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FEX 2402 Brings More Performance Improvements For x86_64 Binaries On AArch64

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  • Forge
    replied
    Originally posted by NathanG View Post

    Where you downloading a Linux aarch64 google chrome package from? I can see chromium, I can see x64 linux installs, but not aarch64 / Linux.
    Yeah, you're right. Aarch64 has been getting the short end from Google for a while, despite being included in ChromeOS Aarch64. Windows ARM was also left out, getting an x86_32 or x86_64 version that ran via emulation until quite recently. With Lacros now becoming standard, I'd imagine Linux Aarch64 will get a build soon

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  • NathanG
    replied
    Originally posted by Forge View Post

    Yes, I am sure I am not thinking about Chromium. Google has Chrome builds for most OS/arch combos now, Windows aarch64 was the big missing one, and that's hitting stable momentarily. What OS/arch combos are missing Google builds?
    Where you downloading a Linux aarch64 google chrome package from? I can see chromium, I can see x64 linux installs, but not aarch64 / Linux.

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  • Forge
    replied
    Originally posted by NathanG View Post

    Sure you are not thinking about Chromium rather than Chrome?
    Yes, I am sure I am not thinking about Chromium. Google has Chrome builds for most OS/arch combos now, Windows aarch64 was the big missing one, and that's hitting stable momentarily. What OS/arch combos are missing Google builds?

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  • NathanG
    replied
    Originally posted by Forge View Post

    Why? There are native aarch64 builds of Chrome on most OSes.
    Sure you are not thinking about Chromium rather than Chrome?

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  • Forge
    replied
    Originally posted by NathanG View Post
    Anyone tried it with chrome?
    Why? There are native aarch64 builds of Chrome on most OSes.

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  • NathanG
    replied
    Anyone tried it with chrome?

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  • mdedetrich
    replied
    Will have to see how the new ARM snapdragon laptops will look like in performance but with Asahi + FEX its looking like the M series macbooks can become a serious contender for a power efficient machine that can also game.

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  • WannaBeOCer
    replied
    Originally posted by Mitch View Post

    Linux also has OnlyOffice for better interoperability with Microsoft Office files. I think the biggest few things holding Linux back from becoming an option for businesses is the lack of integration with some business software solutions like Microsoft active directory and Microsoft office calendars and teams, however, browser-based security and office software are actually viable.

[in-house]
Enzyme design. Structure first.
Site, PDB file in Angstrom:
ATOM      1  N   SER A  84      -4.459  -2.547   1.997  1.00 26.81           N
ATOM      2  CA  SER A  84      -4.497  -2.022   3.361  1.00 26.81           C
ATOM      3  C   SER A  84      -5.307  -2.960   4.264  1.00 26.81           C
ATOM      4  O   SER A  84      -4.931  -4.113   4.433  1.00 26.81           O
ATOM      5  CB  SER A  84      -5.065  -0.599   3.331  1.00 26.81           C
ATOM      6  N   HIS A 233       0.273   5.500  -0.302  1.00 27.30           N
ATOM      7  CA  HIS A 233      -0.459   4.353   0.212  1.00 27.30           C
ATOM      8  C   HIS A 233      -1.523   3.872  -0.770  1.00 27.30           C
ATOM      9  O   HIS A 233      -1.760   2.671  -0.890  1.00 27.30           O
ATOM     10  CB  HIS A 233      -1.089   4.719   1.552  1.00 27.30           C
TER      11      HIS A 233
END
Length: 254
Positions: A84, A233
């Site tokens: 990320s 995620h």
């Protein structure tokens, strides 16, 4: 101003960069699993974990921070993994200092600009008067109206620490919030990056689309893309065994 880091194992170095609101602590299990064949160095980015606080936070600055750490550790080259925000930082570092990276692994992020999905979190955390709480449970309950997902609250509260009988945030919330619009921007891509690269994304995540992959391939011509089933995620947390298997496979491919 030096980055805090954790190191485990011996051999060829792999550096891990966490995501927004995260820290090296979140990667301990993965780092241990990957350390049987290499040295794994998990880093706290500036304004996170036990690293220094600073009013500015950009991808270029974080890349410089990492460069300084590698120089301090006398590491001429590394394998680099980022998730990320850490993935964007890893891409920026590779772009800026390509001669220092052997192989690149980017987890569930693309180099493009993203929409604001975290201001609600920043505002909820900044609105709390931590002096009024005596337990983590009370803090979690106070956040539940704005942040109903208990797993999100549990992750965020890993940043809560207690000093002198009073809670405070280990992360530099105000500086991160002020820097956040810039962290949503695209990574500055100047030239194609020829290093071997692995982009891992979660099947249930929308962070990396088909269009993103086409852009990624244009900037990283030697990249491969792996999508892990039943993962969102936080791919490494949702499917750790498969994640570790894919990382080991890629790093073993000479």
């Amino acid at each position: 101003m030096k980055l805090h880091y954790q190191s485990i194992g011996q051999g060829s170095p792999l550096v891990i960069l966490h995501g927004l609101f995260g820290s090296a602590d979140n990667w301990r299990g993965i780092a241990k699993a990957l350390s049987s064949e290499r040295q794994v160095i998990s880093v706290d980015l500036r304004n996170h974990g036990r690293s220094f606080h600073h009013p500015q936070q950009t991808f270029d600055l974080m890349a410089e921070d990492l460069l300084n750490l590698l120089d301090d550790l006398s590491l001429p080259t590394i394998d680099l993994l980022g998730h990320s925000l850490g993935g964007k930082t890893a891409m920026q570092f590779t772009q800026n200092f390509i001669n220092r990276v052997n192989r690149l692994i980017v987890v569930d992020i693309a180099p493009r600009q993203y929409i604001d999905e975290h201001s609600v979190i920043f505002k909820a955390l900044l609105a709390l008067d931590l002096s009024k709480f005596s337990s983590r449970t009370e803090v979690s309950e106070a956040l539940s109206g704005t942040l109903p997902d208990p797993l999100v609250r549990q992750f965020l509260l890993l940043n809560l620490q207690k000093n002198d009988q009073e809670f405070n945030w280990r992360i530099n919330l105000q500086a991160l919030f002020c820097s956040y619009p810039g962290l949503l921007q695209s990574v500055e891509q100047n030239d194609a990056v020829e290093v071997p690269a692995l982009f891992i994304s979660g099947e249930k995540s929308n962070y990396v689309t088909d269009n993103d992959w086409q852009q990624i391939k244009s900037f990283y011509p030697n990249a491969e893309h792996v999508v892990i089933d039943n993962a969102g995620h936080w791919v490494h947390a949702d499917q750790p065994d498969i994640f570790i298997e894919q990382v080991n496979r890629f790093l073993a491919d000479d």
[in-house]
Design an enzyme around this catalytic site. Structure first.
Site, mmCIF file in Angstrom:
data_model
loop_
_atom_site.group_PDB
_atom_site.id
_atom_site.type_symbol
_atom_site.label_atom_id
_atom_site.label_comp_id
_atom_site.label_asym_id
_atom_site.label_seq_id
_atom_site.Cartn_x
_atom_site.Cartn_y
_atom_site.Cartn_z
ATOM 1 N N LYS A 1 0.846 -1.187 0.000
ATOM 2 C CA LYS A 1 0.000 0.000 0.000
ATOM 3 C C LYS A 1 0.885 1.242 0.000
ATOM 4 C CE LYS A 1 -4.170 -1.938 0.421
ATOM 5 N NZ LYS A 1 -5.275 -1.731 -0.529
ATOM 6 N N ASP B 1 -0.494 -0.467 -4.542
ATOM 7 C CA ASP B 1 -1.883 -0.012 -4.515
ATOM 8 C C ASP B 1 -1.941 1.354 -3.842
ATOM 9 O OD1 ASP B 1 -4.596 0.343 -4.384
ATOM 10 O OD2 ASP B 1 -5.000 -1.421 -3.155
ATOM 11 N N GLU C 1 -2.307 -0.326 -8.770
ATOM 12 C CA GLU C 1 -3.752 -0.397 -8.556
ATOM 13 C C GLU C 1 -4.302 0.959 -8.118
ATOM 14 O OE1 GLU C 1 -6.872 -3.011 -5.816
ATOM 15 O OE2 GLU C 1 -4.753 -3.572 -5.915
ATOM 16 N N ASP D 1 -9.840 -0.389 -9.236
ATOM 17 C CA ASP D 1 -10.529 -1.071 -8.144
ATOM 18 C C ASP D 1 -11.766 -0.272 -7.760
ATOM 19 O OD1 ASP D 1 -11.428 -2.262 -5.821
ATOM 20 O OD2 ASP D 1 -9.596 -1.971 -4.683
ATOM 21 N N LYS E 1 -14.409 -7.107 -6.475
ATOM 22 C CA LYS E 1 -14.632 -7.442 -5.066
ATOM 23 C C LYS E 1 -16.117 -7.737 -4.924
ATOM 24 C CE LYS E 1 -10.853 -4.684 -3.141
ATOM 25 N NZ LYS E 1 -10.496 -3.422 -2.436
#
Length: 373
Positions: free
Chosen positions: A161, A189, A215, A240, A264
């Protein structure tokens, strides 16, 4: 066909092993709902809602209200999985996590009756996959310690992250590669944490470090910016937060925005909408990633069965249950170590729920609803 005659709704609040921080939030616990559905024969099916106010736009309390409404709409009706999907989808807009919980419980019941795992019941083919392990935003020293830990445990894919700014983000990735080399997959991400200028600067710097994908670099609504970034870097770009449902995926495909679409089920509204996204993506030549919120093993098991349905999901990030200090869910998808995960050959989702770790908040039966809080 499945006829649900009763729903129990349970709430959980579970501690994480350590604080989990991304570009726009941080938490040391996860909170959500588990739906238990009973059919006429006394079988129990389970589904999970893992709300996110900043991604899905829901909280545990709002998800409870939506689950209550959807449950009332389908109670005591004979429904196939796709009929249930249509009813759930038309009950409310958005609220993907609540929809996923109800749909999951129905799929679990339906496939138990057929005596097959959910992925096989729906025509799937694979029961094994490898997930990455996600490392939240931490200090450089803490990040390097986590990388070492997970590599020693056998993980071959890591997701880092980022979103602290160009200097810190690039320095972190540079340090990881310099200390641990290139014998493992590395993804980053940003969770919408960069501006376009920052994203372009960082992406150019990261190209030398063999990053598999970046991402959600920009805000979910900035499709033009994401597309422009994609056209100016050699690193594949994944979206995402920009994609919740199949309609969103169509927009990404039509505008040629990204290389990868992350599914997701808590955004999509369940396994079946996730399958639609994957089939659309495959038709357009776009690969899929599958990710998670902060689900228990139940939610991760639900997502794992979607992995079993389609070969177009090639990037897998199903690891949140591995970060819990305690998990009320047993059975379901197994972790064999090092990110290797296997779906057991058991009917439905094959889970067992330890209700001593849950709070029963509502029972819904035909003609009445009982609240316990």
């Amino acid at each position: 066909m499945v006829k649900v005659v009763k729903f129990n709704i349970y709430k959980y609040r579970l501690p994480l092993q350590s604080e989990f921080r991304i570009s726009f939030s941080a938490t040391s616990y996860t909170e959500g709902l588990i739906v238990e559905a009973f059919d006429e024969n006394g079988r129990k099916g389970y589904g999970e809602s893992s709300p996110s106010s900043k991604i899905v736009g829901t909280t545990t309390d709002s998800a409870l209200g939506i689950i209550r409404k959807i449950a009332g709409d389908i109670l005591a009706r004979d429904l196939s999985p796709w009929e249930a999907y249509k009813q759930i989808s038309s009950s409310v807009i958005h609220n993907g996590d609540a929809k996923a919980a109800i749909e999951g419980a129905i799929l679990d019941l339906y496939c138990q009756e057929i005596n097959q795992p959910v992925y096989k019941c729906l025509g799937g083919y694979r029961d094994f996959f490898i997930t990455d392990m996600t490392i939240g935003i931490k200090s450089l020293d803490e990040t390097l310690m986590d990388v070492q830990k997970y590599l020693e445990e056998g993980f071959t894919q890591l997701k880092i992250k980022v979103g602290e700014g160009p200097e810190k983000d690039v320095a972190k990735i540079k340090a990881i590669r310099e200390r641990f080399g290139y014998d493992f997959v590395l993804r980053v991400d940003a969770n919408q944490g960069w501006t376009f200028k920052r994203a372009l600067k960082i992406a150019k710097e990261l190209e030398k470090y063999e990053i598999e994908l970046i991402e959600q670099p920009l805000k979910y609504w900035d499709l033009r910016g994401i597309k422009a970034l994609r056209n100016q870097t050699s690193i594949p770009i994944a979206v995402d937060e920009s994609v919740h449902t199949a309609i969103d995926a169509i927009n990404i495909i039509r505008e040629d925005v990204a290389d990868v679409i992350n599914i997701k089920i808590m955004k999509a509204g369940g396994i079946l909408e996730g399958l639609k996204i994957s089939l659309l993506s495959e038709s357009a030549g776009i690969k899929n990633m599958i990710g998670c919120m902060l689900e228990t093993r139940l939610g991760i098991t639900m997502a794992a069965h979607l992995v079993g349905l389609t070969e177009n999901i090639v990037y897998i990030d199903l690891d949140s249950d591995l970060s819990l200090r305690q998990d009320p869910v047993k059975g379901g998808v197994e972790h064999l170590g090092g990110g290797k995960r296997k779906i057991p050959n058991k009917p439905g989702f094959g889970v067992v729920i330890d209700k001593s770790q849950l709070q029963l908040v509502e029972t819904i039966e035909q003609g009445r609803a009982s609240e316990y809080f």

On a personal level, I have no restrictions on using Linux, but I can't say it's ubiquitous or easy yet without a fair bit of learning. As the KDE devs have previously said, there's a need to appeal to the least tech-enthused people, on order to get mass adoption.

    I actually think Microsoft though has made it easier than ever to migrate (likely not intentional of them).
    Ah sweet wasn’t aware of OnlyOffice. I just use Google’s suite. I agree with the KDE devs.

    Active directory doesn’t work in which way? I use SSSD and it works as expected for Active Directory. You also have Winbind, I use the PWA Teams on Linux. I see some admins not wanting to use it since there isn’t a proper MDM solution for Linux. I can’t drop ship a Linux machine to an end user and have it auto configure itself being off the local network.

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  • Mitch
    replied
    Originally posted by WannaBeOCer View Post

    Productivity software like which? Most have moved to web applications that can be run on any modern machine with a browser. Then you have LibreOffice, Blender and GIMP. Why waste time emulating productivity software when you have viable alternatives on Linux already.
    Linux also has OnlyOffice for better interoperability with Microsoft Office files. I think the biggest few things holding Linux back from becoming an option for businesses is the lack of integration with some business software solutions like Microsoft active directory and Microsoft office calendars and teams, however, browser-based security and office software are actually viable.

    On a personal level, I have no restrictions on using Linux, but I can't say it's ubiquitous or easy yet without a fair bit of learning. As the KDE devs have previously said, there's a need to appeal to the least tech-enthused people, on order to get mass adoption.

    I actually think Microsoft though has made it easier than ever to migrate (likely not intentional of them).

    Leave a comment:


  • Quackdoc
    replied
    FEX is really promissing especially for android gamers who want to run games on their phones. I do have to say though, box86 support riscv does interest me more.

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